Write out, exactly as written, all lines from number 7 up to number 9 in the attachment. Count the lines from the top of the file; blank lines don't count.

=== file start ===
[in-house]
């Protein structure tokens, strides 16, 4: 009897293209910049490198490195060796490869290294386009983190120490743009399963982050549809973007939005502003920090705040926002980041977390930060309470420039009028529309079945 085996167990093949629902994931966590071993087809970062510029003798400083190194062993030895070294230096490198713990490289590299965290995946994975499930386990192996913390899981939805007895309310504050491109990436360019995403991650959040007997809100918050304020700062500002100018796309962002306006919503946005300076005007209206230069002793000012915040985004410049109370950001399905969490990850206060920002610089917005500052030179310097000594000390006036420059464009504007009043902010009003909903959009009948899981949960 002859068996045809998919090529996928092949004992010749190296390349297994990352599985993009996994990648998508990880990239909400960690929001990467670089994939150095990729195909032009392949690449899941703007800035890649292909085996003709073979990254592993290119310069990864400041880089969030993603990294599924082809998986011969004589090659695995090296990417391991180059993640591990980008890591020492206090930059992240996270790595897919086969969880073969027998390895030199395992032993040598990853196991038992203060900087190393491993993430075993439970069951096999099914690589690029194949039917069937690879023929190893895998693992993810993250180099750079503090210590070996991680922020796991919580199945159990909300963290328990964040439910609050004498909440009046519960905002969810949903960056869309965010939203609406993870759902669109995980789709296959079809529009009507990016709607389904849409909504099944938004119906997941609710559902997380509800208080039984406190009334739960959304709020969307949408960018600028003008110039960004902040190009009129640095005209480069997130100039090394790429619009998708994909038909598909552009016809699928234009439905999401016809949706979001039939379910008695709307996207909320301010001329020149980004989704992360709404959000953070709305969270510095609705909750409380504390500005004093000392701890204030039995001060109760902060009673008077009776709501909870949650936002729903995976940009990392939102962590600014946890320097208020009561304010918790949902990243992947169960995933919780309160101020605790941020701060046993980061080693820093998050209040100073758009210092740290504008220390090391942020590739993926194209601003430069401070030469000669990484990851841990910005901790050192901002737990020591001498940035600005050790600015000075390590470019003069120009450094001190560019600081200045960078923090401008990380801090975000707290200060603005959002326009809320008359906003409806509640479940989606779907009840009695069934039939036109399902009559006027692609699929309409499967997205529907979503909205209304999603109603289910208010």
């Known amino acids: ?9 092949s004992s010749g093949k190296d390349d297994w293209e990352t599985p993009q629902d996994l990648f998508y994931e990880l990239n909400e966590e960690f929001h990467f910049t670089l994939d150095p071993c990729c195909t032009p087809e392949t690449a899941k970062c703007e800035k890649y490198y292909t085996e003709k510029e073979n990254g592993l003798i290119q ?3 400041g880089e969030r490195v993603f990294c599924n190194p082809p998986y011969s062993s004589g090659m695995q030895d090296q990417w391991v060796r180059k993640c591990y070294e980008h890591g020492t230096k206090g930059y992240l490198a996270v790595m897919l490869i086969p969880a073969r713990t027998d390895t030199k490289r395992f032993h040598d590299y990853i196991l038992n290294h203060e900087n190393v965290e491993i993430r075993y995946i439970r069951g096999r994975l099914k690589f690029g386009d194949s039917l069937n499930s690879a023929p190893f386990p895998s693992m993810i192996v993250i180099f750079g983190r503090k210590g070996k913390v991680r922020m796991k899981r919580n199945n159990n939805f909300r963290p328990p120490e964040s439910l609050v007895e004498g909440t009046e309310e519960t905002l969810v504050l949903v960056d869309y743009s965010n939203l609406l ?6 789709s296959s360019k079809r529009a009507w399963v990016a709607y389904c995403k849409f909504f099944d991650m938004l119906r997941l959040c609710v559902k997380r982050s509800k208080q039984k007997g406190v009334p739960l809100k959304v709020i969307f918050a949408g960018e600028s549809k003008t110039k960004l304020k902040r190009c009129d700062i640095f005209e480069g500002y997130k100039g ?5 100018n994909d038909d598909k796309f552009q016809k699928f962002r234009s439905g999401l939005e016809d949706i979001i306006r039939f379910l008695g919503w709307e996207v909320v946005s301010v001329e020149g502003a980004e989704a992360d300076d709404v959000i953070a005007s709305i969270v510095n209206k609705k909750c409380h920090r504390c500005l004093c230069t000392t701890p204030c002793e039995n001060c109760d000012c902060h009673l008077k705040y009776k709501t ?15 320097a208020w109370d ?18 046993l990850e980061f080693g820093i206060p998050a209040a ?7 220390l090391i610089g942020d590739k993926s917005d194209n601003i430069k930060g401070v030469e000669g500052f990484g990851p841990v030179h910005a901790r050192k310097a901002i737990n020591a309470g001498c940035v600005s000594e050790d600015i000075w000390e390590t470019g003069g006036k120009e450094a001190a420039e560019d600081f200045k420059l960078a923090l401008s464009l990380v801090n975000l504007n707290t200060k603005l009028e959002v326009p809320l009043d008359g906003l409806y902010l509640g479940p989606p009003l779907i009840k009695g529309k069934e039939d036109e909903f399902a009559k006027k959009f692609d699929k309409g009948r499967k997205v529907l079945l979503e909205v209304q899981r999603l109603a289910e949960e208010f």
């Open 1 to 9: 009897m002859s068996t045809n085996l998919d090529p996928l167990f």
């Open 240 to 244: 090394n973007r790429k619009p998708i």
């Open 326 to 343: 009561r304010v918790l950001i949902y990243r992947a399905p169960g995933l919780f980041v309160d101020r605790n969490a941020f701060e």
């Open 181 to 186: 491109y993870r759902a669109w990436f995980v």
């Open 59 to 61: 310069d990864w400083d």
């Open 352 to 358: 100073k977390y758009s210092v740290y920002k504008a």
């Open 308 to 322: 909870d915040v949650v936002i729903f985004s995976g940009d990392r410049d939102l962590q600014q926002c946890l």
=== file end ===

């Open 181 to 186: 491109y993870r759902a669109w990436f995980v």
């Open 59 to 61: 310069d990864w400083d």
């Open 352 to 358: 100073k977390y758009s210092v740290y920002k504008a």